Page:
Spencer Lewis, Green Mountain Suite | Album Review | Seven Days | Vermont's Independent Voice

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Spencer Lewis, Green Mountain Suite

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(Quartz Recordings, CD)

Local musician Spencer Lewis is the king of pastoral acoustic guitar. His playing is buttery and articulate, full of spacious melodies and possessed of a contemplative disposition. He's also a fine violinist who often colors his recordings with elegant string arrangements. Lewis' latest, Green Mountain Suite, is a picture-postcard of an album that conjures images of covered bridges and freshly tapped maple trees.

I've always gone back and forth with this kind of stuff. Much of the time, I find it schmaltzy and more than a little insincere. Still, I'm perfectly susceptible to the bucolic charms of a few well-played acoustic arpeggios. Call it the Brokeback soundtrack syndrome. Lewis' compositions sometimes win me over despite their sentimentality. He's committed to crafting serene music, and it helps that he's got a strong ear for melody. But too many of his tunes are the musical equivalent of a Bob Ross landscape painting.

Opener "Ballad of Tom French" features several irritating clichés, including monumental snare hits, gurgling organ pads and wide-open strums. The song plays like an ad for a geriatric supplement. You can practically hear the voiceover: "Ask your doctor if Green Mountain Suite is right for you."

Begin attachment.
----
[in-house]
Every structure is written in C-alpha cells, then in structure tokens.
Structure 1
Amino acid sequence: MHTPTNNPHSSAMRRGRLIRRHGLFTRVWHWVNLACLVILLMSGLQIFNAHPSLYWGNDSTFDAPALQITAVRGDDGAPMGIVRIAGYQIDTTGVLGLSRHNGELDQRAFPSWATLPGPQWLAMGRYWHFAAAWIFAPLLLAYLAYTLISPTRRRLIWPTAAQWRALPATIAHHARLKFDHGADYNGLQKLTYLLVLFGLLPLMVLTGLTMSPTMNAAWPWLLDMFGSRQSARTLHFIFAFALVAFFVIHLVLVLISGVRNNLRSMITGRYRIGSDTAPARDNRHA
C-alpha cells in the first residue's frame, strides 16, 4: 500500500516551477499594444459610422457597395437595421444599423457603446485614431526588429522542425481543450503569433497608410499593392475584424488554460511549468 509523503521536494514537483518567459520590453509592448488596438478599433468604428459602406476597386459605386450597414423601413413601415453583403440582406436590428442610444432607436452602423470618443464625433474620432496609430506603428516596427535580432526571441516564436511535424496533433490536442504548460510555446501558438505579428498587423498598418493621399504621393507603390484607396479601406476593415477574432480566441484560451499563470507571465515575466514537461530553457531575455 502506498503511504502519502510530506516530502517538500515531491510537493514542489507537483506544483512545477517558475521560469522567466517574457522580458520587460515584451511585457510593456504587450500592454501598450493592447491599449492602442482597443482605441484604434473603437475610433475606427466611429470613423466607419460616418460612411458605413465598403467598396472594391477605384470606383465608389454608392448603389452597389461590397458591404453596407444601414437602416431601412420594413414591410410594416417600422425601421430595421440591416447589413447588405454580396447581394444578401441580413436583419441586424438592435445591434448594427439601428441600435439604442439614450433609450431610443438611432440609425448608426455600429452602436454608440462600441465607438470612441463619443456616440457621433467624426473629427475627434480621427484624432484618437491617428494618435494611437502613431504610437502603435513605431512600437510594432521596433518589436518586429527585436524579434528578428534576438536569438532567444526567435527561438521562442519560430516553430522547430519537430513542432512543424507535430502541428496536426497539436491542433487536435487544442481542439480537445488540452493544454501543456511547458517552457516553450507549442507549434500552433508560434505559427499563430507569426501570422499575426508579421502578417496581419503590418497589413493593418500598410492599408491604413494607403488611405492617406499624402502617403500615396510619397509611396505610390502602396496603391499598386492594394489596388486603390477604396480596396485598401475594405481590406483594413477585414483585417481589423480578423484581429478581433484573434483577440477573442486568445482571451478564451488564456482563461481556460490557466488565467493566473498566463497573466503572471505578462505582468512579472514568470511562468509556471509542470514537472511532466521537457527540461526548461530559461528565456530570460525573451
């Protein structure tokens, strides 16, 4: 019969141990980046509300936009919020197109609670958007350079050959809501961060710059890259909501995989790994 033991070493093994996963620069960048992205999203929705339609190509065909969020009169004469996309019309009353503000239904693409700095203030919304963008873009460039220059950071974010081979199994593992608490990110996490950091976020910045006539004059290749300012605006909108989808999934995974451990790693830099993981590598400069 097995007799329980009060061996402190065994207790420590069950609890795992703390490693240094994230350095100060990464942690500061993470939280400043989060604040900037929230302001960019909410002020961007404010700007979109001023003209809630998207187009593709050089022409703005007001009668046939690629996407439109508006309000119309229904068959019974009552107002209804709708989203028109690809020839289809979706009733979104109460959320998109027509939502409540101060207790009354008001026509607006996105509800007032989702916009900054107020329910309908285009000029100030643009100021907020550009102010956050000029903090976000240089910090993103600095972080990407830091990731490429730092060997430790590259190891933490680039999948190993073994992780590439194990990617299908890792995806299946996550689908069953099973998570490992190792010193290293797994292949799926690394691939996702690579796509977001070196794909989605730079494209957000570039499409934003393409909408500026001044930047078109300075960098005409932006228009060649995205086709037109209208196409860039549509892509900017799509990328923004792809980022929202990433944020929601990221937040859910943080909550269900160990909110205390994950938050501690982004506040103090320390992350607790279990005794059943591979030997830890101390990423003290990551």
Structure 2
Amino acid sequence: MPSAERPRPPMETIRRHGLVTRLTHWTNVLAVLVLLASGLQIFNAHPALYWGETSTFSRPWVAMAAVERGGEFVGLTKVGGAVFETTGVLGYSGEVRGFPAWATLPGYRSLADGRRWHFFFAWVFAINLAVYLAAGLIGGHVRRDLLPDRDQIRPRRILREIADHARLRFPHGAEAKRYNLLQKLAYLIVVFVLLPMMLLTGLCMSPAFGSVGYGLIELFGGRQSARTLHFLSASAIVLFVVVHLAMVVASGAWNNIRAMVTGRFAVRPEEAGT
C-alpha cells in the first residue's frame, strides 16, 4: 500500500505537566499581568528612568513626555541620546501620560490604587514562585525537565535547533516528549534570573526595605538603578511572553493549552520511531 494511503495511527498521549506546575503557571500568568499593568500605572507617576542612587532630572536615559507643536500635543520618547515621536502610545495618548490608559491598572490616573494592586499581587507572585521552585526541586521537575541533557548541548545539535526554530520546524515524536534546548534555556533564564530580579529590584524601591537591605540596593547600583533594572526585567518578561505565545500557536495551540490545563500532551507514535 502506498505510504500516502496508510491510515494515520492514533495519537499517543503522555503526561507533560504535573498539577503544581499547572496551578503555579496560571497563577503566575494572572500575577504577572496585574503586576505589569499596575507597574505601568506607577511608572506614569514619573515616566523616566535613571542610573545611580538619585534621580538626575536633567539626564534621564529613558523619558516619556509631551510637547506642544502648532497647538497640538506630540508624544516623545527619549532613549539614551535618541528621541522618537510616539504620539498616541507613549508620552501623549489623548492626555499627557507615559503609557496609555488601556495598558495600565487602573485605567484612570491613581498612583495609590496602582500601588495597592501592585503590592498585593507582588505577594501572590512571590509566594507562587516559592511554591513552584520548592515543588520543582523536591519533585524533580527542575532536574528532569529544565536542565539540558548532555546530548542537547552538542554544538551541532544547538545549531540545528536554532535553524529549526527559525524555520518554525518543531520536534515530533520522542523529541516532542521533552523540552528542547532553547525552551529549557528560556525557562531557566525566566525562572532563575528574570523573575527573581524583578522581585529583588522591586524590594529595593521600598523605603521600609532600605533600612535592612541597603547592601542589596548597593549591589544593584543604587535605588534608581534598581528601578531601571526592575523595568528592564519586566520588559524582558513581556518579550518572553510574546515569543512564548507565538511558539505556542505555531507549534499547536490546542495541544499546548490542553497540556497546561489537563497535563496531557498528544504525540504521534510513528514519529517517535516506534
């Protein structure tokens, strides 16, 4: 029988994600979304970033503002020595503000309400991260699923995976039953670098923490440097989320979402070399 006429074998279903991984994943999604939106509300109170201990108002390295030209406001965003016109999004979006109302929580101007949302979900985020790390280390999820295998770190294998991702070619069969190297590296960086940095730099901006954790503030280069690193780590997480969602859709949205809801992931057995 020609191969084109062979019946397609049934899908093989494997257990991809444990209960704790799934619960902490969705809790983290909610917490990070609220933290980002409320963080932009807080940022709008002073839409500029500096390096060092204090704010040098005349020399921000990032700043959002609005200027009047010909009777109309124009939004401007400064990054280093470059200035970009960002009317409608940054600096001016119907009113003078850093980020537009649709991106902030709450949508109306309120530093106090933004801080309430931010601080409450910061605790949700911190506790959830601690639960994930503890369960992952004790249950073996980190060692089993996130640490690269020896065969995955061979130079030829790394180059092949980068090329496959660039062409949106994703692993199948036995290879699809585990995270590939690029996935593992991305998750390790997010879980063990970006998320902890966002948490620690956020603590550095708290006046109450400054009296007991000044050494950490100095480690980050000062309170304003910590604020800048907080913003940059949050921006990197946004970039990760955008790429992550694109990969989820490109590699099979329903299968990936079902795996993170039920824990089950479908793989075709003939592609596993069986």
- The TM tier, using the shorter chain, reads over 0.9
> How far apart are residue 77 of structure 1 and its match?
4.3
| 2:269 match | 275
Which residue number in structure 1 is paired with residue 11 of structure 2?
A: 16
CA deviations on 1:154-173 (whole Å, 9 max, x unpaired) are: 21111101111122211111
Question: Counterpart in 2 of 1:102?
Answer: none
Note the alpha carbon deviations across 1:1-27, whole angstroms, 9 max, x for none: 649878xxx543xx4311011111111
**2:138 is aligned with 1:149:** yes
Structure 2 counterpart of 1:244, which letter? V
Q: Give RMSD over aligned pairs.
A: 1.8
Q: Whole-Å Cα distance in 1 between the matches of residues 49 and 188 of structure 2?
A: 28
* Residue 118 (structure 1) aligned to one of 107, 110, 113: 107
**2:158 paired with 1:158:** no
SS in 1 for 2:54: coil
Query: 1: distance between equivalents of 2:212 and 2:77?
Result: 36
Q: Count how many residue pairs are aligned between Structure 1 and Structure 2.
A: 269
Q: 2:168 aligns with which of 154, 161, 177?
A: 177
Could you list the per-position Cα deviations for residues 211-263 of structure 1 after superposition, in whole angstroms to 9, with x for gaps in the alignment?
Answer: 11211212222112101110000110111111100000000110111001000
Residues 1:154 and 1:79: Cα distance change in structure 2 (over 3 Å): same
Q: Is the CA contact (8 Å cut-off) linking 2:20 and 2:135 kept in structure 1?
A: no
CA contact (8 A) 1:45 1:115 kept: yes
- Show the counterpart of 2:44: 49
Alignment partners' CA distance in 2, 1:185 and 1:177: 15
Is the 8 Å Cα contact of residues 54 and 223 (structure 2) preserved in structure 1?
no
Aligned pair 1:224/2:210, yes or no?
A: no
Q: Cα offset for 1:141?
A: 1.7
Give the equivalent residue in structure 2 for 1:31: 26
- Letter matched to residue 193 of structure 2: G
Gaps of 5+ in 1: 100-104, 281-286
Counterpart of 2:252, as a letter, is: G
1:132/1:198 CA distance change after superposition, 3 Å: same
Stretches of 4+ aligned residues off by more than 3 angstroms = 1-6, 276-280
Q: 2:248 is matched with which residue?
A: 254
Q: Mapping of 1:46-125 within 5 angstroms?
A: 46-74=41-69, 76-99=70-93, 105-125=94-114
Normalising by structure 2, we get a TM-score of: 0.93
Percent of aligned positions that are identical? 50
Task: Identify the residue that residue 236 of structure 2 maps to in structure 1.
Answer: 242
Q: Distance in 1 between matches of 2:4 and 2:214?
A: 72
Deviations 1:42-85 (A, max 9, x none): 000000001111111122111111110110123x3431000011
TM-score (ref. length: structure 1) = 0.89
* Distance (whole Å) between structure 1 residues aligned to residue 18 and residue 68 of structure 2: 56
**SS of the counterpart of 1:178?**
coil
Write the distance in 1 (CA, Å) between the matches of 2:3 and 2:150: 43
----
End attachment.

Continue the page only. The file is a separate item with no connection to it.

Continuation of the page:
Things improve with "Home Inside," a chugging yet delicate number with a few choice melodies. Better still is "June," which brings back the organ and augments it with some dignified violin lines.

"Tinmouth" is comforting in its simplicity, with homespun picking and lovely guitar trills. Lewis has a knack for weaving multiple melodic passages into a seamless, if soporific, whole.

By the time "Suite - 2nd Movement" rolls around, you might experience an affability overdose. There's only so much meditative mood music a body can handle. Well, this body, anyway.

Still, there's some engaging stuff on the disc's second half. "Balance" features crafty percussion and thoughtful harmonies, while "Original Suite" sounds like it was played from atop a majestic mountain peak. I'm thinking Camel's Hump.

The disc closes with "Requiem," which must be the ten-thousandth piece of music to bear that title. Like many of the tunes on the album, it features sumptuous strings and reflective guitars.

If you own a small business that caters to tourist fantasies of Vermont, you might want to play this disc during peak season. Otherwise, enjoy Green Mountain Suite with the understanding that not everything about the state is as pretty as Lewis' songs.

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